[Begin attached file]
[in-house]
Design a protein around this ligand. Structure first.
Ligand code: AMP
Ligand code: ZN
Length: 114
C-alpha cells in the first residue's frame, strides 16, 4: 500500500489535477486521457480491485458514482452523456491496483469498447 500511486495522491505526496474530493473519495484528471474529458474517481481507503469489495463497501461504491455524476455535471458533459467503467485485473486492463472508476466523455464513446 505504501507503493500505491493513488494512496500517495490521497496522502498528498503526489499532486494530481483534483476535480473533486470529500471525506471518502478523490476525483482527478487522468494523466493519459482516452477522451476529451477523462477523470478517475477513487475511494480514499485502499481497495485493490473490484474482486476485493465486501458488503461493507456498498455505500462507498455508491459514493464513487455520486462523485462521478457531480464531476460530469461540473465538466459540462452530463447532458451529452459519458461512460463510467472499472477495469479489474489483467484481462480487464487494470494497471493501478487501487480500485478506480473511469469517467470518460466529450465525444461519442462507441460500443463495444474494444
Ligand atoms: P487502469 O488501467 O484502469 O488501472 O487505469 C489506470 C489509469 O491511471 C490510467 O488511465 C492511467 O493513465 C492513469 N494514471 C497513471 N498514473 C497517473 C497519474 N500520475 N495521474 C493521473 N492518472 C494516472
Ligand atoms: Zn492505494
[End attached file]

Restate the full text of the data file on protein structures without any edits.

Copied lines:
[in-house]
Design a protein around this ligand. Structure first.
Ligand code: AMP
Ligand code: ZN
Length: 114
C-alpha cells in the first residue's frame, strides 16, 4: 500500500489535477486521457480491485458514482452523456491496483469498447 500511486495522491505526496474530493473519495484528471474529458474517481481507503469489495463497501461504491455524476455535471458533459467503467485485473486492463472508476466523455464513446 505504501507503493500505491493513488494512496500517495490521497496522502498528498503526489499532486494530481483534483476535480473533486470529500471525506471518502478523490476525483482527478487522468494523466493519459482516452477522451476529451477523462477523470478517475477513487475511494480514499485502499481497495485493490473490484474482486476485493465486501458488503461493507456498498455505500462507498455508491459514493464513487455520486462523485462521478457531480464531476460530469461540473465538466459540462452530463447532458451529452459519458461512460463510467472499472477495469479489474489483467484481462480487464487494470494497471493501478487501487480500485478506480473511469469517467470518460466529450465525444461519442462507441460500443463495444474494444
Ligand atoms: P487502469 O488501467 O484502469 O488501472 O487505469 C489506470 C489509469 O491511471 C490510467 O488511465 C492511467 O493513465 C492513469 N494514471 C497513471 N498514473 C497517473 C497519474 N500520475 N495521474 C493521473 N492518472 C494516472
Ligand atoms: Zn492505494